September 17, 2011 update: In the two weeks I have had my Seamaster it has gained less than one second when measured against navigational time signals.
October 3, 2011 update: I have had my watch one month and it has gained one second when measured against navigational time signals. September was a short month so I pulled out the crown to the first stop then turned the crown to jump the hour hand 24 times. That changed the date to October first. All this happened while the second hand kept running, keeping perfect time.
November 3, 2011 update: My Omega Seamaster is now two months old and has gained two seconds. When daylight savings time changed on November fifth, I unscrewed the crown and pulled it out to the first stop, then turned it to jump the hour hand back one hour while the second hand kept ticking. It couldn't be much easier.
January 3, 2012 update: My Omega Seamaster is now four months old and has gained five seconds.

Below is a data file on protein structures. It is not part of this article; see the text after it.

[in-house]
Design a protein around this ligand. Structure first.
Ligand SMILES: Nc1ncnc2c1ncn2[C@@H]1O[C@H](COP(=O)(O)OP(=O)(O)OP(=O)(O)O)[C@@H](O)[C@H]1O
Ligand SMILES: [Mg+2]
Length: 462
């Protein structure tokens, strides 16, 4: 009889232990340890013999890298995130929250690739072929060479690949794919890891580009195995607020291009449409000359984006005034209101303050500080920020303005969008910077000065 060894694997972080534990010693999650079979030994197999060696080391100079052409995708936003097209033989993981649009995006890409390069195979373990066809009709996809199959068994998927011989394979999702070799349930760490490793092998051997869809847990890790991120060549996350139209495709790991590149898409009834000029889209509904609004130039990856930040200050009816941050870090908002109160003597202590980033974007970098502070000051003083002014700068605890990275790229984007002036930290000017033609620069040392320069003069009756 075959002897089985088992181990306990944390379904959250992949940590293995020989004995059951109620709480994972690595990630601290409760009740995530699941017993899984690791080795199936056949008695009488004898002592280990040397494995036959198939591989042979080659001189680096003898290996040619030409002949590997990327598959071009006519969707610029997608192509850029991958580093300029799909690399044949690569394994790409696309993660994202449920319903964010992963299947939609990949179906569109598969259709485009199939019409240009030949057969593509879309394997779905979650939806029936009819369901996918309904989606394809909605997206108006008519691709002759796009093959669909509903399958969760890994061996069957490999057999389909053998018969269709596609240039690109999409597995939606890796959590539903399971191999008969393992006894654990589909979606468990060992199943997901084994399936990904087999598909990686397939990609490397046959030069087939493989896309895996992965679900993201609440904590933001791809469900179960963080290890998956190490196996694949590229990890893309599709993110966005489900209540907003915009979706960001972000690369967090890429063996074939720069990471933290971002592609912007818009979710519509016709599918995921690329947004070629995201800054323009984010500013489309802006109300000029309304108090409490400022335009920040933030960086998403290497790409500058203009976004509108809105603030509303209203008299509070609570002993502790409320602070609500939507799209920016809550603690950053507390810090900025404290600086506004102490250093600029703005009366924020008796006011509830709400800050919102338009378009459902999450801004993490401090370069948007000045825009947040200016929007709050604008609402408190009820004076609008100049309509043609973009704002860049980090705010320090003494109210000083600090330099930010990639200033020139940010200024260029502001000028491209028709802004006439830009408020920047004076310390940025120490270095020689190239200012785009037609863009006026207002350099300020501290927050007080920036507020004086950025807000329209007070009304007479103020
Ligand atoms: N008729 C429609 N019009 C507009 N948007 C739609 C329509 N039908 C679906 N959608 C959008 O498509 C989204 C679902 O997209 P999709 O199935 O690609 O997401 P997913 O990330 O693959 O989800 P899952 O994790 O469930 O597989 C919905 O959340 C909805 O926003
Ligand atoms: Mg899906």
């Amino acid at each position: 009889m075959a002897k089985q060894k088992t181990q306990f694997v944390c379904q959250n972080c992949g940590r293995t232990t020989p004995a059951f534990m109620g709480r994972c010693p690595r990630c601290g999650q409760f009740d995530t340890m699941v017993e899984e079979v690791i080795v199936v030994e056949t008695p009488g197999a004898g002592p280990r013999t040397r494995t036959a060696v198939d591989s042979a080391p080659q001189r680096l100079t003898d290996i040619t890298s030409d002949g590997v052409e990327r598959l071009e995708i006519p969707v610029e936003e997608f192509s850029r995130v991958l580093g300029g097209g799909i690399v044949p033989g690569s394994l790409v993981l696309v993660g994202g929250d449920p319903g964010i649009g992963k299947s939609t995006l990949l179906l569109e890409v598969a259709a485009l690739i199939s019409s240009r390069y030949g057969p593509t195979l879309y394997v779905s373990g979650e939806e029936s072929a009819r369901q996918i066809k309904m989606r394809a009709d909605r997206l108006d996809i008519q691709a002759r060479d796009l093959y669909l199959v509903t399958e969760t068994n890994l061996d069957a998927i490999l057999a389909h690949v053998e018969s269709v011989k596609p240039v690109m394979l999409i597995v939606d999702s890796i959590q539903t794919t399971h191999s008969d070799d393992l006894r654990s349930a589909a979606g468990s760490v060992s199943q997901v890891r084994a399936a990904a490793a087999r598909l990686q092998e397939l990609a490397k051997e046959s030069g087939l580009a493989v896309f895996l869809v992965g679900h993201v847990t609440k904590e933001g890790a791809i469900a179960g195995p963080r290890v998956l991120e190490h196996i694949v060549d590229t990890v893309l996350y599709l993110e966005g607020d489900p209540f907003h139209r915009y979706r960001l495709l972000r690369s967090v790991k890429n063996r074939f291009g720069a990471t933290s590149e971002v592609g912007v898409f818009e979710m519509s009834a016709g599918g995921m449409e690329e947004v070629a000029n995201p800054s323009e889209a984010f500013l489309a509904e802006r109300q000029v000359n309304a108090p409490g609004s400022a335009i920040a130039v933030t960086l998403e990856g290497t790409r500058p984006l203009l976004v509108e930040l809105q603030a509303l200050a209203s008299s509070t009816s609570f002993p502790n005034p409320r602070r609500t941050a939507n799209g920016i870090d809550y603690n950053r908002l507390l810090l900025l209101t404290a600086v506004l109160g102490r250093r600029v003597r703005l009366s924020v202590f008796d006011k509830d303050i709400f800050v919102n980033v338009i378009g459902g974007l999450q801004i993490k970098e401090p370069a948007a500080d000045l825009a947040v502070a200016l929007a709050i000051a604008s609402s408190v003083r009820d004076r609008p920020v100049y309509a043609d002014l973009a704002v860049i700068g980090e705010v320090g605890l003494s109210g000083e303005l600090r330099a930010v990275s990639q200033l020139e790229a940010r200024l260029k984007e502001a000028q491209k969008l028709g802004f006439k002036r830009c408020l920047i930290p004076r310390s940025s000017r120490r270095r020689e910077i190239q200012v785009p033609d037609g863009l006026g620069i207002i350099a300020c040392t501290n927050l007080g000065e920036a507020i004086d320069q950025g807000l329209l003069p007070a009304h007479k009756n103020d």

February 3, 2012 update: My Omega Seamaster is now five months old and has gained eight seconds.
March 3, 2012 update: My Omega Seamaster is now six months old and has gained nine seconds.
April 3, 2012 update: My Omega Seamaster is now seven months old and has gained eleven seconds.
May 3, 2012 update: My Omega Seamaster is now eight months old and has gained fourteen seconds since September 3, 2011.
June 3, 2012 update: My Omega Seamaster is now nine months old and has gained sixteen seconds.
July 3, 2012 update: My Omega Seamaster is now ten months old and has gained almost ninteen seconds.
August 3, 2012 update: My Omega Seamaster is now eleven months old and has gained a total of 21 seconds.
September 3, 2012 update: My Omega Seamaster is now twelve months old and has gained a total of 23 seconds.